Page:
Rituals Work

If you work in an office, you have a morning routine. Whether you get up and shower or get up and exercise, have breakfast and then shower, you do the same thing every morning. You probably have your moves timed down to the exact second, either by a clock or your TV.  You get out of the house and to the office on time.

children-3Creating a ritual for art is exactly the same thing as a routine for work. A ritual legitimizes your effort, eliminates distractions and assigns a top priority to your artwork. As long as your artwork doesn’t have a priority higher than the laundry or watching TV, it won’t get done. And you strengthen the priority every day of your life, by repeating what you did before.

Your art work is powerful, but not powerful enough to overcome your resistance and drag you into your studio. You have to do the work. And that means shifting priorities. To art. Why is that worth it? Because art makes meaning in your life. It helps you understand yourself, your world, your journey. It’s also sometimes uncomfortable  to face the meaning you make in art, so it’s easy to shove it aside. The art you make is not always the way it’s portrayed on Facebook, elegant and surrounded by a glowing light. Art can be messy, painful and revealing–of thoughts you wanted to bury.

The ritual doesn’t have to be complex. Decide ahead of time when you will do art.Green-Art-Studios-Weaving-Studio-537x368 Choose a whole hour. Set a timer to ring 10 minutes before you want to go to the studio to give yourself time to quit what you are doing. Make a cup of coffee or tea, grab the cup and head to the studio. No excuses.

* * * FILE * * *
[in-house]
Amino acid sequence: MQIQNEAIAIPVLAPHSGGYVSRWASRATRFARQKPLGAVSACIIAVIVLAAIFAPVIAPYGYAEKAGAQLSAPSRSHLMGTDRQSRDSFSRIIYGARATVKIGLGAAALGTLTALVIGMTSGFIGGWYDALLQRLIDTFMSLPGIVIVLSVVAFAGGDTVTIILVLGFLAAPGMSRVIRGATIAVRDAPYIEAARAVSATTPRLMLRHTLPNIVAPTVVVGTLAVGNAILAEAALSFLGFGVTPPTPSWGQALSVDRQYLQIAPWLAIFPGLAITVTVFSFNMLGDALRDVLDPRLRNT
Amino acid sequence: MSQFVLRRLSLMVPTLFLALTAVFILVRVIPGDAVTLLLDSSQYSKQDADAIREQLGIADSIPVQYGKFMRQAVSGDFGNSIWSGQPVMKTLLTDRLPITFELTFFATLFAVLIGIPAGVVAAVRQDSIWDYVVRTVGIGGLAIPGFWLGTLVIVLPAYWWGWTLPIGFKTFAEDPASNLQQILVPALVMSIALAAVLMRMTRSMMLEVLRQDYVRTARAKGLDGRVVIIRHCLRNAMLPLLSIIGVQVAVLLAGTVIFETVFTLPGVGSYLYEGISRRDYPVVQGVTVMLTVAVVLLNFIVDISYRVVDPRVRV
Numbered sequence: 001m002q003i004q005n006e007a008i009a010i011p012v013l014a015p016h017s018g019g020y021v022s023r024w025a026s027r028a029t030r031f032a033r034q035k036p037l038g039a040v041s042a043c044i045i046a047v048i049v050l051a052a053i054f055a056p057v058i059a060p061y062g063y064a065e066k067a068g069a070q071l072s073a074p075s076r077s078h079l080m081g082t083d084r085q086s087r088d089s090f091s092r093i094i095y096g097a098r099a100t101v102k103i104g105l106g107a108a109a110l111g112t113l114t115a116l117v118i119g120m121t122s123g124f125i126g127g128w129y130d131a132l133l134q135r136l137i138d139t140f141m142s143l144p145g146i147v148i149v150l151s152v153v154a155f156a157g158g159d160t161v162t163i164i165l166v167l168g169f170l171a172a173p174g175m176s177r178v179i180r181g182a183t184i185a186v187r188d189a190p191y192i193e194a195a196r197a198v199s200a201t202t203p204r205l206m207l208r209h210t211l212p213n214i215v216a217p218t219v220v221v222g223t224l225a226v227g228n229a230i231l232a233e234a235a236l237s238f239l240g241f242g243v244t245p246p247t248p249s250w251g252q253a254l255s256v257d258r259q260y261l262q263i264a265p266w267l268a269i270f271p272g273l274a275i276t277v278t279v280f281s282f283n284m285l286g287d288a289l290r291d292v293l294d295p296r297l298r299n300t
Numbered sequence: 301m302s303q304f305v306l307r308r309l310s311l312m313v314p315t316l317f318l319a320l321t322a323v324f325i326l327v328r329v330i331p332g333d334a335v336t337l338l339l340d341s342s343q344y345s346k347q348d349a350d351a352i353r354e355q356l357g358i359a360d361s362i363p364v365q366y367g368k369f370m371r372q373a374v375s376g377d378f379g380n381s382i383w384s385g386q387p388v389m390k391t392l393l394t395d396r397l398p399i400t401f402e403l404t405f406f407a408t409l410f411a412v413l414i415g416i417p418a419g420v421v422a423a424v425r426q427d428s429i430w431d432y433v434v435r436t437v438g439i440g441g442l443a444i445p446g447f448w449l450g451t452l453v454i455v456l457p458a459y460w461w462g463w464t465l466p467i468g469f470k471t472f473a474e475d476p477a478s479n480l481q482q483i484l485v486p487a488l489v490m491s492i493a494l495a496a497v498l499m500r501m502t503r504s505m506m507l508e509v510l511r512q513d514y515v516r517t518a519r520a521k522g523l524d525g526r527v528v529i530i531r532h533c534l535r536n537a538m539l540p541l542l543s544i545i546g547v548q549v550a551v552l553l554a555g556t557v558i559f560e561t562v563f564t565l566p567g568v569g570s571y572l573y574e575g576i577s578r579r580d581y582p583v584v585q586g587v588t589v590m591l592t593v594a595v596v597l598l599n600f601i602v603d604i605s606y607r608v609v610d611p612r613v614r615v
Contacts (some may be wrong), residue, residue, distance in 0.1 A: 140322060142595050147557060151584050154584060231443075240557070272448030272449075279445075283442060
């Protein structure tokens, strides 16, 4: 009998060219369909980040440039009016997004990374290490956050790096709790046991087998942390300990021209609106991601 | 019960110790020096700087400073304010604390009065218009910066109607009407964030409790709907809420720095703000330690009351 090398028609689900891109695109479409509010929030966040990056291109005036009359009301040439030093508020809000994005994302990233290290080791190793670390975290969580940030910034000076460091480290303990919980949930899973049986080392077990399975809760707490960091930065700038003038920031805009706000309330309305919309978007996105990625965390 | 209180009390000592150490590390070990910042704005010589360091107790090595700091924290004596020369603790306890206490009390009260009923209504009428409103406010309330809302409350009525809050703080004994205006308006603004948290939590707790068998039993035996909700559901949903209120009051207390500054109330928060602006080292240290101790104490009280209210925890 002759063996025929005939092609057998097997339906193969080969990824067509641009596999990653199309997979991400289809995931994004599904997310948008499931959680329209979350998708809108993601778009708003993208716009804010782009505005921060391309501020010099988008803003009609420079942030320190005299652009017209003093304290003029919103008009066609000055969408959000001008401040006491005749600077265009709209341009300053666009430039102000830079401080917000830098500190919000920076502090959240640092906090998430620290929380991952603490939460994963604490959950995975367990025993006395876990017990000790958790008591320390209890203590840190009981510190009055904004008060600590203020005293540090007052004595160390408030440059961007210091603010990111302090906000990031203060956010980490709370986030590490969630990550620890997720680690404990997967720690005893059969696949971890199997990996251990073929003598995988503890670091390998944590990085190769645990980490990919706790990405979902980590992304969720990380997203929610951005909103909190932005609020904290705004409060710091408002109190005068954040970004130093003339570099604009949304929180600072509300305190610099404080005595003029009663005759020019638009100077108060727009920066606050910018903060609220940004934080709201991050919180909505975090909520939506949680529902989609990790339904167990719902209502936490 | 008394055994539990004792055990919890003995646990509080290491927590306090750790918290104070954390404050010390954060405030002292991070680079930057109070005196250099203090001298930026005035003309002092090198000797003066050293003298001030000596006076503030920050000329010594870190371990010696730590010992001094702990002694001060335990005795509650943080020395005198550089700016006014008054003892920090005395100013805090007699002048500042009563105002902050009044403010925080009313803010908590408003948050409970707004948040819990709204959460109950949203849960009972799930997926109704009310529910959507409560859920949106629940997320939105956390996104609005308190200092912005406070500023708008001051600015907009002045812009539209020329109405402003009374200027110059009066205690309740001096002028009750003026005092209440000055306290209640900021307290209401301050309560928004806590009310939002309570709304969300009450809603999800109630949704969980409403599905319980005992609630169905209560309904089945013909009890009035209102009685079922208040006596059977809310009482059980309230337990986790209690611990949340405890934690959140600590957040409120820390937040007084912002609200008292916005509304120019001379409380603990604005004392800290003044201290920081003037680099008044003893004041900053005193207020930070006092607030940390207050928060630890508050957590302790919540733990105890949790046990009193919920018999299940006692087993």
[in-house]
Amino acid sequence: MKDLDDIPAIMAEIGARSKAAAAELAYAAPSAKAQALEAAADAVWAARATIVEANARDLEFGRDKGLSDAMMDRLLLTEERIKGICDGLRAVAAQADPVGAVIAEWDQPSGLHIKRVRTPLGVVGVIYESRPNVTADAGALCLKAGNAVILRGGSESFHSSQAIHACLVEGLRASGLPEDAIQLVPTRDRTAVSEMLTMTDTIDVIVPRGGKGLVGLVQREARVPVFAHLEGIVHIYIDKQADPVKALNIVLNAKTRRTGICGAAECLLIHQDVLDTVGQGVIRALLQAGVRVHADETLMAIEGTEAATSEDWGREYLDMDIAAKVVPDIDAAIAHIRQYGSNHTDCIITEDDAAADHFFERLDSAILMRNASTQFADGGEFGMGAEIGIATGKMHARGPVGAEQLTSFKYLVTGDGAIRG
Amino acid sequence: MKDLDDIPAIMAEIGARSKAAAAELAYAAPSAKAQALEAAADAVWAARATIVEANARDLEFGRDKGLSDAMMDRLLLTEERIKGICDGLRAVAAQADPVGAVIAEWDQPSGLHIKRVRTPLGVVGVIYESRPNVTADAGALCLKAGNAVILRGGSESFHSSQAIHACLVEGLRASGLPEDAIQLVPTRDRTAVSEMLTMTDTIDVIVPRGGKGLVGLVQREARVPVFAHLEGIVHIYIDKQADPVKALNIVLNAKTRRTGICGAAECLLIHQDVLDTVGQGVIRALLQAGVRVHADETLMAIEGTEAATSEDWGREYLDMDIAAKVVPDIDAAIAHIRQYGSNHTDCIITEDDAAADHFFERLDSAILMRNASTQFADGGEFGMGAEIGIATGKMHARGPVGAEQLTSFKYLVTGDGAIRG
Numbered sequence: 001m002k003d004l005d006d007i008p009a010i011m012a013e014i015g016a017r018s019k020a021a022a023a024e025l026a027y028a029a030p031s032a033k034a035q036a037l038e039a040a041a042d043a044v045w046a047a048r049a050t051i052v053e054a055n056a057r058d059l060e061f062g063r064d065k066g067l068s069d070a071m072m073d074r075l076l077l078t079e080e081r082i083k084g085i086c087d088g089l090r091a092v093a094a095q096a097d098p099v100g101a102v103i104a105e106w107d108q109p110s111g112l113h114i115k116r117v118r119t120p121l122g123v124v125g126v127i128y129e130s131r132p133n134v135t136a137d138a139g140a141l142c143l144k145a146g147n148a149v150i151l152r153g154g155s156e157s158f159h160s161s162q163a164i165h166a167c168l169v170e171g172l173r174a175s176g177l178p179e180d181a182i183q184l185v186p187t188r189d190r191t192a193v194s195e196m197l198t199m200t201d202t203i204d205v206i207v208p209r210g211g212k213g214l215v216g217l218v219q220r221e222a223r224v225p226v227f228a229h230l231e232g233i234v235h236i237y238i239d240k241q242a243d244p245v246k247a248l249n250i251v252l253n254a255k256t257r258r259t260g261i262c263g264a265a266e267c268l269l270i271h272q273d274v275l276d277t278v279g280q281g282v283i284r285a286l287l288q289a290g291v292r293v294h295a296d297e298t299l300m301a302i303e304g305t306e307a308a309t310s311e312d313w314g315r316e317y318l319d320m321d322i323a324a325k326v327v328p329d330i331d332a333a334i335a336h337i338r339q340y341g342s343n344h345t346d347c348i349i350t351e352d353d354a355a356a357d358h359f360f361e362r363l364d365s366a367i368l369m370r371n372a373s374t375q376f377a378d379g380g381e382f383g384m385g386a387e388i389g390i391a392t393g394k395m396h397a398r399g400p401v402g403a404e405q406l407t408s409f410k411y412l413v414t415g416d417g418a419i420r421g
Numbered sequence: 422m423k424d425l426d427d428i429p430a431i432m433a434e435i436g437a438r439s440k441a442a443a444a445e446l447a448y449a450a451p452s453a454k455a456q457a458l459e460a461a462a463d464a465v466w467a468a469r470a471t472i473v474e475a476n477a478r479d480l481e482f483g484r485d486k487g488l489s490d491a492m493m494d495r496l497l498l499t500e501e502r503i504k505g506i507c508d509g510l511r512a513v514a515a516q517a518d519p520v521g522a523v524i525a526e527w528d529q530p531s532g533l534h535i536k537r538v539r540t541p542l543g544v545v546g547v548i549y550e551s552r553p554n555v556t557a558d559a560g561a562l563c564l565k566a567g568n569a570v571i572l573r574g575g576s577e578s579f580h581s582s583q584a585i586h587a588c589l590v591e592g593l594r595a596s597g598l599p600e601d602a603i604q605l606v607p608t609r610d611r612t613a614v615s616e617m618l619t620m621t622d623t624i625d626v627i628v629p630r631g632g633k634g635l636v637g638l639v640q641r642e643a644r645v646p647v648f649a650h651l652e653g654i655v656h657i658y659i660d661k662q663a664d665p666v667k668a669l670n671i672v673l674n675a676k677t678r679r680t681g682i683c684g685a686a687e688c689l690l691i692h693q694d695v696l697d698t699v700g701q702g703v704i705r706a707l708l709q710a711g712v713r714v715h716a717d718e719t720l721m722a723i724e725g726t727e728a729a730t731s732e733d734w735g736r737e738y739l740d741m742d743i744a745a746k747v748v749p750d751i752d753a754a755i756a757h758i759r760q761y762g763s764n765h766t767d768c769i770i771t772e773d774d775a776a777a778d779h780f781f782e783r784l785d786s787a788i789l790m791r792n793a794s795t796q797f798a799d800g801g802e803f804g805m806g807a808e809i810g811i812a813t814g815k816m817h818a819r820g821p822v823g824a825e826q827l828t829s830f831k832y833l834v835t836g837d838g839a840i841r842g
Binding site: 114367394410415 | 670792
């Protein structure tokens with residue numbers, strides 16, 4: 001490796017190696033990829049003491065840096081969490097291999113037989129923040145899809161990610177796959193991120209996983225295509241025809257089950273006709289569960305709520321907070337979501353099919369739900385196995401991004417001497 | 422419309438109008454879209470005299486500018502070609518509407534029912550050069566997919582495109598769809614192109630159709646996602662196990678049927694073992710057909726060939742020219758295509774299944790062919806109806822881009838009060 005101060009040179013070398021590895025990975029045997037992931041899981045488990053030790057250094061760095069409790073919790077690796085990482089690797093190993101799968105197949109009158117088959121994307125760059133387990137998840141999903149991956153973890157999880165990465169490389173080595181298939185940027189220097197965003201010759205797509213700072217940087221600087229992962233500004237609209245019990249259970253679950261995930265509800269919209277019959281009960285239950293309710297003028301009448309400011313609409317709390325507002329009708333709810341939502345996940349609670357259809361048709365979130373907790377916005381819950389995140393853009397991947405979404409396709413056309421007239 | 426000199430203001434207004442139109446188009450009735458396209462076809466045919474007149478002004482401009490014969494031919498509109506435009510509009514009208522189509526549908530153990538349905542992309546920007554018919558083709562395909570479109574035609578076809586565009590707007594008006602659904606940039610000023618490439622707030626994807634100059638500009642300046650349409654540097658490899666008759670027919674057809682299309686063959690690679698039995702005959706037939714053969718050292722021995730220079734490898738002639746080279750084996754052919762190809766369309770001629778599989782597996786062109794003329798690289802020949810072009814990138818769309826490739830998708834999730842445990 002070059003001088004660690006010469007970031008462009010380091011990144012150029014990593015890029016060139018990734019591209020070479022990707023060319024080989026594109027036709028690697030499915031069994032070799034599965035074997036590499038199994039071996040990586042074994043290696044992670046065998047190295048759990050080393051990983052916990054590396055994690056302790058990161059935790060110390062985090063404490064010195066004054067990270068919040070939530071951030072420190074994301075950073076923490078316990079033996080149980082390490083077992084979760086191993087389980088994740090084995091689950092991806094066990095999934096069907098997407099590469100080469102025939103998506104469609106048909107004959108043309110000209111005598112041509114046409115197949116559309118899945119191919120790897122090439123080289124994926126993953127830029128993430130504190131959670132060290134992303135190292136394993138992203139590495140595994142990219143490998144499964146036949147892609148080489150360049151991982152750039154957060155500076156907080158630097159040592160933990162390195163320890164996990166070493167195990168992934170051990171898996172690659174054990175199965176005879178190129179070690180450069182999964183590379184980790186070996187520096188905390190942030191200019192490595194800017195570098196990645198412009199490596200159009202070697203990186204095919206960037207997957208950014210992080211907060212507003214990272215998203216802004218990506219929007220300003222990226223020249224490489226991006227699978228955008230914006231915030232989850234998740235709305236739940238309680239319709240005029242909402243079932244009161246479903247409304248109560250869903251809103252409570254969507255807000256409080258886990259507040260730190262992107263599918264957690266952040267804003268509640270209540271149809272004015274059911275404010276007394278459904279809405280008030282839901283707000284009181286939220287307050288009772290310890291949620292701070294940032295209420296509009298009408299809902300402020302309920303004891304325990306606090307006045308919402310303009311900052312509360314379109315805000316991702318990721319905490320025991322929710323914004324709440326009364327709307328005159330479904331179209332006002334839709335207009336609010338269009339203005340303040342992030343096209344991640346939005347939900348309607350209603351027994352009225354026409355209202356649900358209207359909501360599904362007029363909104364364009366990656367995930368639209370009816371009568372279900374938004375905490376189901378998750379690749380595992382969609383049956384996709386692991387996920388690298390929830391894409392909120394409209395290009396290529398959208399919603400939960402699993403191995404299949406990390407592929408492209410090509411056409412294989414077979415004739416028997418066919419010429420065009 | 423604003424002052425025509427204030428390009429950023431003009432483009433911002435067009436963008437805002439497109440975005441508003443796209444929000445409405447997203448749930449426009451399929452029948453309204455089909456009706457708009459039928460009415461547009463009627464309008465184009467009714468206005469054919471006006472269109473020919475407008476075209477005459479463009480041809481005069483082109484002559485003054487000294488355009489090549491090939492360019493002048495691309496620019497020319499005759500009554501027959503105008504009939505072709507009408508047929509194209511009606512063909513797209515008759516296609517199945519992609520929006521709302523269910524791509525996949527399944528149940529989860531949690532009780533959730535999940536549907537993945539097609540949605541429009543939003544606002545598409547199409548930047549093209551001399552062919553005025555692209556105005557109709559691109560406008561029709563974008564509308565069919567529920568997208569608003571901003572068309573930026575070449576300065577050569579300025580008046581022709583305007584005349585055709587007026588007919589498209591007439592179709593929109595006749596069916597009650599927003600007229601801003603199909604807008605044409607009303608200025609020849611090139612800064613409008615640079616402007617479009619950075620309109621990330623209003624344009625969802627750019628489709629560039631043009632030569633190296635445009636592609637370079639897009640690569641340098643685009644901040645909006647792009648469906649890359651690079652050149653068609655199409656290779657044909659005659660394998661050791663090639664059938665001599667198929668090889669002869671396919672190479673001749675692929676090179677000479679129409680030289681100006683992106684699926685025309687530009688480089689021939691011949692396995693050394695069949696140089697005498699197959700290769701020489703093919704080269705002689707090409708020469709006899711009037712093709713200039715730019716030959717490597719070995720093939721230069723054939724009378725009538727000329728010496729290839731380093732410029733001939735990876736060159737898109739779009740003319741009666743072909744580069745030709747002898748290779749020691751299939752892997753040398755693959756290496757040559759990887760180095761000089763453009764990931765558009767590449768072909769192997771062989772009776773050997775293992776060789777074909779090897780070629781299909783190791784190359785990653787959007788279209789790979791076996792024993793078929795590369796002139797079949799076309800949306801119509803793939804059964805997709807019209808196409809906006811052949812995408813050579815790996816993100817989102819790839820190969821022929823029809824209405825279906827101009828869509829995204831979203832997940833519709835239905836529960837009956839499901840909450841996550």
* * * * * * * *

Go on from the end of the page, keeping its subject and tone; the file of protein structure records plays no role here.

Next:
Once you start your new habit, it will first get much harder to meet your ritual. The phone will ring, the kids will demand your attention, a crisis will erupt. Keep to your schedule. In about a week, it will suddenly get easier.

Your morning routine works because your job brings in money and you have given it permission to take over your life. Give your art a chance, too. It brings meaning to your life. And as my mantra says, “you don’t find meaning in life, you make meaning in your life.” Give meaning a chance.

—Quinn McDonald has her own ritual for getting to the studio. Some days it’s still uncomfortable.

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21 responses to “Rituals Work

  1. Love this post, pairs well with the “5 ways to say ‘No’ ” post for me. I’ve really had guard to myself, my talents, and my dear heart goals from all the people who think they need me to take care of them. I did it to myself! I created that expectation in people because I am a mentor for horsemanship and horse training. No more rescuing! It is my ambition now to lead a quiet life and to work with my hands.

  2. Pingback: It’s Links Day! | An Inkophile's Blog

  3. At this very moment I´m at an excitement overload. I´d just run around the house hugging my laptop. *giggle* Knowing my cycles I need to make the most of it until I stop midstep and go underground in my “nobody will like this” phase.
    I´d planned starting The Artist´s way group in Jan 2015 but got a couple of locals interested in the Spanish version which would need to go out on Sept 1st to go with the weather (starting in spring and ending before the holiday season).